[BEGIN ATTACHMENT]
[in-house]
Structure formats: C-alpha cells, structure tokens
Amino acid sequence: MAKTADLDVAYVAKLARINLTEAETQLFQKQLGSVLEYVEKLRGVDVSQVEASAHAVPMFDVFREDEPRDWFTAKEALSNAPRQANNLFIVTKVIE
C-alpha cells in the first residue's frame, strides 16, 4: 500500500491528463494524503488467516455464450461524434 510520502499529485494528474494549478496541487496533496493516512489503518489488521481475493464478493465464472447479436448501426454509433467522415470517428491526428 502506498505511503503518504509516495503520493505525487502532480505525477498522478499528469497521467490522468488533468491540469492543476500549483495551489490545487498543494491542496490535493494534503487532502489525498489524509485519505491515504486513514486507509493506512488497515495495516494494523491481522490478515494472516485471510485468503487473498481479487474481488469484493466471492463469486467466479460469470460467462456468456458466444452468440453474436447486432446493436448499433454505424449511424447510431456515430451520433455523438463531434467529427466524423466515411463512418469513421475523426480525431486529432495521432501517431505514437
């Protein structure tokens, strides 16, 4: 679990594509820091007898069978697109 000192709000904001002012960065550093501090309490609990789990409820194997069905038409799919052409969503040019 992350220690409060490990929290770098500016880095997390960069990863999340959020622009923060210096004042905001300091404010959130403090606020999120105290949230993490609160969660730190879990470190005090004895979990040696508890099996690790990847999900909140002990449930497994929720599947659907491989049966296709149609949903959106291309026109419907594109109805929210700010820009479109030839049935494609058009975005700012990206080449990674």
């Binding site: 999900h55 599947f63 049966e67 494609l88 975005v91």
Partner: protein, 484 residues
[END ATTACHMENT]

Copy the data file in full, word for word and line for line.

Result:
[in-house]
Structure formats: C-alpha cells, structure tokens
Amino acid sequence: MAKTADLDVAYVAKLARINLTEAETQLFQKQLGSVLEYVEKLRGVDVSQVEASAHAVPMFDVFREDEPRDWFTAKEALSNAPRQANNLFIVTKVIE
C-alpha cells in the first residue's frame, strides 16, 4: 500500500491528463494524503488467516455464450461524434 510520502499529485494528474494549478496541487496533496493516512489503518489488521481475493464478493465464472447479436448501426454509433467522415470517428491526428 502506498505511503503518504509516495503520493505525487502532480505525477498522478499528469497521467490522468488533468491540469492543476500549483495551489490545487498543494491542496490535493494534503487532502489525498489524509485519505491515504486513514486507509493506512488497515495495516494494523491481522490478515494472516485471510485468503487473498481479487474481488469484493466471492463469486467466479460469470460467462456468456458466444452468440453474436447486432446493436448499433454505424449511424447510431456515430451520433455523438463531434467529427466524423466515411463512418469513421475523426480525431486529432495521432501517431505514437
């Protein structure tokens, strides 16, 4: 679990594509820091007898069978697109 000192709000904001002012960065550093501090309490609990789990409820194997069905038409799919052409969503040019 992350220690409060490990929290770098500016880095997390960069990863999340959020622009923060210096004042905001300091404010959130403090606020999120105290949230993490609160969660730190879990470190005090004895979990040696508890099996690790990847999900909140002990449930497994929720599947659907491989049966296709149609949903959106291309026109419907594109109805929210700010820009479109030839049935494609058009975005700012990206080449990674």
């Binding site: 999900h55 599947f63 049966e67 494609l88 975005v91």
Partner: protein, 484 residues